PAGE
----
So as her knee comes on, that might be a little bit more comfortable of a position pointing and flexing. So, just do what feels best, again, check out the other leg, right? We're always looking at both sides to make sure that the knee isn't hyper extended, but it's also not bent. We really wanna teach people and give them the awareness of true straight. So, that's what we're after.

One more time and then let that go. Good. All right. So, we're gonna change and do a little bit of body movement, and then we're gonna come back and finish up with the forward lunge, which as I said is, we did the standing leg pump first and then we get into forward lunge later. So, your thinking of your progression of how we're gonna continue to challenge people.

So, you're gonna come over to the side. I'm gonna make a change in the springs. You're gonna come around to the side and you're gonna lie down on your side. So, let me change the springs a little bit. This is one where I tend to use a single black spring.

So, if you have a chair that has lighter and heavier, I tend to use a single heavy spring for this. And with that, then you have some wiggle room. So, what feels supportive and this is always where we go with the chair, what feels supportive to one part of the body. It might feel really challenging to the other part. So, the arm and shoulders sometimes get tired, even though the spring is right for helping to support the body.

So, keep playing around with your spring tension. So, we're gonna start here and we'll see how we go. So, when you sit down, you can see how Leslie is kind of to this side. Yeah. If you get too close to this edge, it feels like you're gonna drop off to the side.

So, you wanna actually stay this way a little bit, but to your comfort and then come up. And I like to stand here at first and be the support, and then take your hand to the pedal and just gimme an idea if that feels like it's gonna support you enough, too heavy or too light? It's a little light. A little light? Oh, let's make it a little heavier.

Come on up, that's not a problem. All right, so hopefully this isn't too heavy, 'cause I don't have anything in between. (lady laughing) All right, so I like to stand here. You could also do this with the chair against the trap table. You could also do it with some boxes here.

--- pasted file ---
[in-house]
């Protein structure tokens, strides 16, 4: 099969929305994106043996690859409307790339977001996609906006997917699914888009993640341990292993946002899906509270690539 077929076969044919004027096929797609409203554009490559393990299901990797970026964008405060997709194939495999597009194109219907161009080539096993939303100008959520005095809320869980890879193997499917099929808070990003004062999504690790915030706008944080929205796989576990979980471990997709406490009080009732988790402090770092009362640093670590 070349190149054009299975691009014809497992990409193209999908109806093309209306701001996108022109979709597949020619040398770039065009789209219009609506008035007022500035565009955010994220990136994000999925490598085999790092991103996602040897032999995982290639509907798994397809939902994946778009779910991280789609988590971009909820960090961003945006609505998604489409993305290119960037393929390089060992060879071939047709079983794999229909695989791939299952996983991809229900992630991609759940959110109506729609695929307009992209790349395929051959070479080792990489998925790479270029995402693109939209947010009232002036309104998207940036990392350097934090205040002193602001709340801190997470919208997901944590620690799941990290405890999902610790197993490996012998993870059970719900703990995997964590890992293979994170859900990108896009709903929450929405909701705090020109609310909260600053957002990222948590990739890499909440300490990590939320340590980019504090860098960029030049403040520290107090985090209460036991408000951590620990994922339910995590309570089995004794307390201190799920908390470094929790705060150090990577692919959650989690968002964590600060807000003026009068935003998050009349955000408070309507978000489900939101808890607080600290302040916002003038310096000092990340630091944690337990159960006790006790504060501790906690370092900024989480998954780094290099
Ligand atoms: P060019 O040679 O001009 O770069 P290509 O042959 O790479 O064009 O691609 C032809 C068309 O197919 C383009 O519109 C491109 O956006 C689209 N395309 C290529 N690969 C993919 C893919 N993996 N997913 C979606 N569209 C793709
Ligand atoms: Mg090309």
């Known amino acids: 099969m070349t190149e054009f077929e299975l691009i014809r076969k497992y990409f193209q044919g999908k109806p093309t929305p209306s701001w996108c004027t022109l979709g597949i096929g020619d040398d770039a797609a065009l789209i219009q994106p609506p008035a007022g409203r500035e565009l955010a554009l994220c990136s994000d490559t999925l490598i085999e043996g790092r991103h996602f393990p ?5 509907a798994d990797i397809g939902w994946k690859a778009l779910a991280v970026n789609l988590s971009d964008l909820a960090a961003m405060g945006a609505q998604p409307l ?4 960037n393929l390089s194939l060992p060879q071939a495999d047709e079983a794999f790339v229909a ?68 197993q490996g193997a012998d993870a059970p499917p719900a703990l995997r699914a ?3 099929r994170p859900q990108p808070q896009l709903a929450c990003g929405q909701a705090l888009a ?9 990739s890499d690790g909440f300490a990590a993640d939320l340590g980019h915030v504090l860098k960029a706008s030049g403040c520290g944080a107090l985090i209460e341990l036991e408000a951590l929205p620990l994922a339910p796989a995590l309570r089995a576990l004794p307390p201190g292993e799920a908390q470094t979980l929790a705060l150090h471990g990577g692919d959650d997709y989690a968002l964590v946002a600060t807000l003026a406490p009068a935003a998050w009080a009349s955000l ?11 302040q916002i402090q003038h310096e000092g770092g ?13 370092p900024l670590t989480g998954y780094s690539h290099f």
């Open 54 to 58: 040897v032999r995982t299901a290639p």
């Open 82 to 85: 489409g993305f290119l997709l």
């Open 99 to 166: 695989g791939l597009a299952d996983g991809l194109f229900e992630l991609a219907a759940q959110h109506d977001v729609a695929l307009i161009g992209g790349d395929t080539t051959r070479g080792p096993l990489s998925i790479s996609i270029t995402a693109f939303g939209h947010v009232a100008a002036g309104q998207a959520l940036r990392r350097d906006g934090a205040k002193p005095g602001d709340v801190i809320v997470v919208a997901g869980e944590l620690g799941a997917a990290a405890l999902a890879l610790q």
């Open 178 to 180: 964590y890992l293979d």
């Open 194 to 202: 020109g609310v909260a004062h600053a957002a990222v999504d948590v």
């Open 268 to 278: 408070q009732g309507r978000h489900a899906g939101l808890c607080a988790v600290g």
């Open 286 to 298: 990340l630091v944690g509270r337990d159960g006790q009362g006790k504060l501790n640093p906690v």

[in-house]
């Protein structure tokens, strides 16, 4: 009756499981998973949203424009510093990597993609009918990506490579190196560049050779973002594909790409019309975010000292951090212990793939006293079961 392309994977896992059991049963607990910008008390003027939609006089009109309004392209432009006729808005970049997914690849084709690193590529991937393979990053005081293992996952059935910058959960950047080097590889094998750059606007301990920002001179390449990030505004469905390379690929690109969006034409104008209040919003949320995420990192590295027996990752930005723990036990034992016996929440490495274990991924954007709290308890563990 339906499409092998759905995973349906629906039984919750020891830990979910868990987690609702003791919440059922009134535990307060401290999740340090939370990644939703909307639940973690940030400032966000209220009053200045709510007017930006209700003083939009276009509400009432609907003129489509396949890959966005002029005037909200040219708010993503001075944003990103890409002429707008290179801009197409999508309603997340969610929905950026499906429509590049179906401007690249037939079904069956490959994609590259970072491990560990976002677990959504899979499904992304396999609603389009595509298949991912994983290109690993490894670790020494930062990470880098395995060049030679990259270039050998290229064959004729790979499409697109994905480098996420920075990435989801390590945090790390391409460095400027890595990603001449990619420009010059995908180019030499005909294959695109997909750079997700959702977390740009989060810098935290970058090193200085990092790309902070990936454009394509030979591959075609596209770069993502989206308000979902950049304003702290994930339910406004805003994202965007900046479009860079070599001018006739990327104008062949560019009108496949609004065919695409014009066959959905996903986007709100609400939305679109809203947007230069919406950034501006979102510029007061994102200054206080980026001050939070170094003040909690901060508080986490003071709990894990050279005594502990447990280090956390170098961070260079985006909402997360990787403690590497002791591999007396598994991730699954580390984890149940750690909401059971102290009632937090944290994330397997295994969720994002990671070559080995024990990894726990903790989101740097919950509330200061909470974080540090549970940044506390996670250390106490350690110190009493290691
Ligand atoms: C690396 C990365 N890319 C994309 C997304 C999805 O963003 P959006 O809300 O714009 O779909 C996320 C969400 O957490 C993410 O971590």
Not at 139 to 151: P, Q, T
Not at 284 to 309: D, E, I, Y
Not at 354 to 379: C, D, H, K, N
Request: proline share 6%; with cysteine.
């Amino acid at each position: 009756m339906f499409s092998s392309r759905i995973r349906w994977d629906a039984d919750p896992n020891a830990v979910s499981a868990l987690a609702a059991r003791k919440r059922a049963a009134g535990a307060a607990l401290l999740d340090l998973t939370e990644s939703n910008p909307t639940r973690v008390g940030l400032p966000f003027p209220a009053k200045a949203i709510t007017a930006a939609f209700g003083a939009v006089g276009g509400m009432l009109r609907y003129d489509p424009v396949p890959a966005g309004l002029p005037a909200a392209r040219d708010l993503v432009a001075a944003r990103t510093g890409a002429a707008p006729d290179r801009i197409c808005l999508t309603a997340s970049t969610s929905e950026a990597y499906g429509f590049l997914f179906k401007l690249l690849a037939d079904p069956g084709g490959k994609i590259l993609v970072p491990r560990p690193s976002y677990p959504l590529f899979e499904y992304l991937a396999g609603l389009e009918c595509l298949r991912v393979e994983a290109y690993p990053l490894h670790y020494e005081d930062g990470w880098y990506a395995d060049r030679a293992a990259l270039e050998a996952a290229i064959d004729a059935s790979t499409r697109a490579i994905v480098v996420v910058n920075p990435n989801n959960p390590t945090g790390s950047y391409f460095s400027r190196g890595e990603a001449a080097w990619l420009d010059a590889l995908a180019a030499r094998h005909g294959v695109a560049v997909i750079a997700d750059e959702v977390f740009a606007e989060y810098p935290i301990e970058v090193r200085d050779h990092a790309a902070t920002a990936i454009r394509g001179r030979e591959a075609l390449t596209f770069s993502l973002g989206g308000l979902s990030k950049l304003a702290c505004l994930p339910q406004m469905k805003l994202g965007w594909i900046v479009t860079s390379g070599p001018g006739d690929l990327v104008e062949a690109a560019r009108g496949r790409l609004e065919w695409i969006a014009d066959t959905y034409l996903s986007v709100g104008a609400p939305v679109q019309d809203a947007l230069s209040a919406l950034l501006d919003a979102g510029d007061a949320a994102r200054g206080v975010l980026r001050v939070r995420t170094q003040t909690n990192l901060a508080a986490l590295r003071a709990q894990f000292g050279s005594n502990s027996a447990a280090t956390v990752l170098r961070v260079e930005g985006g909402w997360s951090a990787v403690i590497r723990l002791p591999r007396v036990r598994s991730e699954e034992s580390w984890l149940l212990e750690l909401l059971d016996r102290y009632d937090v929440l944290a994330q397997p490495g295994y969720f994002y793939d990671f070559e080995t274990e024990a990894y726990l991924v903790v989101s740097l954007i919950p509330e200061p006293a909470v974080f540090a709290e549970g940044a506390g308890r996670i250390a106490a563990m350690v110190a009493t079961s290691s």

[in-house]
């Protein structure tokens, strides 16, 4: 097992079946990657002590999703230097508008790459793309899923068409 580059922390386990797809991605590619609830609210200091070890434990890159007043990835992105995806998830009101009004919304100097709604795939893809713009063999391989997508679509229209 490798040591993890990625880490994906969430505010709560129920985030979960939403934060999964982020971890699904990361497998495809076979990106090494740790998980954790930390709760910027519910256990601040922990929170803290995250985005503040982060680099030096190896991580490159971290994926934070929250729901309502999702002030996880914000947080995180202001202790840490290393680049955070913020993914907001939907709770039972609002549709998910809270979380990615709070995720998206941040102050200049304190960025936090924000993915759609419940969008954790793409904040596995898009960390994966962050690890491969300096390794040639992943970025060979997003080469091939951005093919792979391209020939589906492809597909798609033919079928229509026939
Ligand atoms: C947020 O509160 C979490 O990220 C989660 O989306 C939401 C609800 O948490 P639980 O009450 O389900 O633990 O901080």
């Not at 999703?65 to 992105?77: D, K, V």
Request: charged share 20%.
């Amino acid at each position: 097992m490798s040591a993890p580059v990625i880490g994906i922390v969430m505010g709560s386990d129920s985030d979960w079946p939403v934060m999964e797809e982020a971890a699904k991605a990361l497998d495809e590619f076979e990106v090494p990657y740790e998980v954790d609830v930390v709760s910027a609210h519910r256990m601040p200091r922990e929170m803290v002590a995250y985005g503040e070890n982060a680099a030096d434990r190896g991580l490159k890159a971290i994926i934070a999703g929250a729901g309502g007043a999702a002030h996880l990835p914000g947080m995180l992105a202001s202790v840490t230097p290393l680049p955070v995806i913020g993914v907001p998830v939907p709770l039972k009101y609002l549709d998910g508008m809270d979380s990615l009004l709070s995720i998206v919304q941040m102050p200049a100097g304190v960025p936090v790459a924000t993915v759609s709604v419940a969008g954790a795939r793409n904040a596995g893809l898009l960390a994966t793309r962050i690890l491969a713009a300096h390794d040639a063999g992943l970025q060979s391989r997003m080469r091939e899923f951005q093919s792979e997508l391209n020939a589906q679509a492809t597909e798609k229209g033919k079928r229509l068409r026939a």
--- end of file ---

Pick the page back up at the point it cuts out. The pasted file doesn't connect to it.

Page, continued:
So, go over. See what that feels like and come back up. Does that help you a little bit more? Great, okay. So, this is a black spring up on three, four would be at the top.

And so as we're going, go ahead and look a little more forward of yourself. What I'm interested in is that here, her ribs lift up and then when she gets here, these ribs expand. So there's a real fanning, open and closed of the top of the rib cage and then the bottom of the rib cage. And then come up and hold here and then see what it's like. And you can keep your hand here or you can put it on the front of the chair, however you like it.

Just start to lift this leg up a little bit and down. So, not only are we working on control with the upper body, but now I'm working the lateral hip muscles that she needs when she's standing. In a pretty challenging way, let's make this one the last one and then stop. Come up and we're gonna change sides, do just a couple on the other side. So, we can really see what's happening in the spine.

One of the common mistakes that I see is that people let their ribs drop down, below the height of the chair. And that's just not so safe that sheer force or that lateral force. Yes, so my cue is going to be to move these ribs. I'm sliding my hand. I wouldn't normally do that, but just so you can see the direction.